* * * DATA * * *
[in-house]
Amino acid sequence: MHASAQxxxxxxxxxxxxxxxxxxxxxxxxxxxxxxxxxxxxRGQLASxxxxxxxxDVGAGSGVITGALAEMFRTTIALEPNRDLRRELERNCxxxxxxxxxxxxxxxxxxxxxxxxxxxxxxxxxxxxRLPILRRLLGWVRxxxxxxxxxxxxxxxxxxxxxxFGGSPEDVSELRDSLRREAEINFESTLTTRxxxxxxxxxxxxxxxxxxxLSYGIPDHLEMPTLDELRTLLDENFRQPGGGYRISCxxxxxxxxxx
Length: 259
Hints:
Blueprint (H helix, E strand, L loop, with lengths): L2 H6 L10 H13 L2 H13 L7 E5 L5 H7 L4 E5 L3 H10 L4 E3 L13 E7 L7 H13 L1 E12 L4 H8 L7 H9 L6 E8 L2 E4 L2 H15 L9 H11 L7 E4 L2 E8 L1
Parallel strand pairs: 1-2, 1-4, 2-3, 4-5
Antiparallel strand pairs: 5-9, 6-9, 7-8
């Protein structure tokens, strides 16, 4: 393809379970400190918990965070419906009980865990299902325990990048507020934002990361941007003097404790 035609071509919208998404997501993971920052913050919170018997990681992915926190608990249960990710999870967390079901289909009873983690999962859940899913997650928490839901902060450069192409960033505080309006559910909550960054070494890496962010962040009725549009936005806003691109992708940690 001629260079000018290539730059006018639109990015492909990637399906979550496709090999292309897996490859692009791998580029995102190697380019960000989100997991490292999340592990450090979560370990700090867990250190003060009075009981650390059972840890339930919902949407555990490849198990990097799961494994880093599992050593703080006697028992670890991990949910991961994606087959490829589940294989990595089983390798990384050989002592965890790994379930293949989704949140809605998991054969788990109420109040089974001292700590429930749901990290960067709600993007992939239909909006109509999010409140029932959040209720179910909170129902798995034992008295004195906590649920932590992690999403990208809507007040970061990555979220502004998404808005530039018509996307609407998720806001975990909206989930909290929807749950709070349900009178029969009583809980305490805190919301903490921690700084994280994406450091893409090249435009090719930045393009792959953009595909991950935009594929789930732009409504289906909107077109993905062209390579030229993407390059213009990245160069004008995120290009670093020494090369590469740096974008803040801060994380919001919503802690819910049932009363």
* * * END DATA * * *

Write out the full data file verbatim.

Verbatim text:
[in-house]
Amino acid sequence: MHASAQxxxxxxxxxxxxxxxxxxxxxxxxxxxxxxxxxxxxRGQLASxxxxxxxxDVGAGSGVITGALAEMFRTTIALEPNRDLRRELERNCxxxxxxxxxxxxxxxxxxxxxxxxxxxxxxxxxxxxRLPILRRLLGWVRxxxxxxxxxxxxxxxxxxxxxxFGGSPEDVSELRDSLRREAEINFESTLTTRxxxxxxxxxxxxxxxxxxxLSYGIPDHLEMPTLDELRTLLDENFRQPGGGYRISCxxxxxxxxxx
Length: 259
Hints:
Blueprint (H helix, E strand, L loop, with lengths): L2 H6 L10 H13 L2 H13 L7 E5 L5 H7 L4 E5 L3 H10 L4 E3 L13 E7 L7 H13 L1 E12 L4 H8 L7 H9 L6 E8 L2 E4 L2 H15 L9 H11 L7 E4 L2 E8 L1
Parallel strand pairs: 1-2, 1-4, 2-3, 4-5
Antiparallel strand pairs: 5-9, 6-9, 7-8
């Protein structure tokens, strides 16, 4: 393809379970400190918990965070419906009980865990299902325990990048507020934002990361941007003097404790 035609071509919208998404997501993971920052913050919170018997990681992915926190608990249960990710999870967390079901289909009873983690999962859940899913997650928490839901902060450069192409960033505080309006559910909550960054070494890496962010962040009725549009936005806003691109992708940690 001629260079000018290539730059006018639109990015492909990637399906979550496709090999292309897996490859692009791998580029995102190697380019960000989100997991490292999340592990450090979560370990700090867990250190003060009075009981650390059972840890339930919902949407555990490849198990990097799961494994880093599992050593703080006697028992670890991990949910991961994606087959490829589940294989990595089983390798990384050989002592965890790994379930293949989704949140809605998991054969788990109420109040089974001292700590429930749901990290960067709600993007992939239909909006109509999010409140029932959040209720179910909170129902798995034992008295004195906590649920932590992690999403990208809507007040970061990555979220502004998404808005530039018509996307609407998720806001975990909206989930909290929807749950709070349900009178029969009583809980305490805190919301903490921690700084994280994406450091893409090249435009090719930045393009792959953009595909991950935009594929789930732009409504289906909107077109993905062209390579030229993407390059213009990245160069004008995120290009670093020494090369590469740096974008803040801060994380919001919503802690819910049932009363």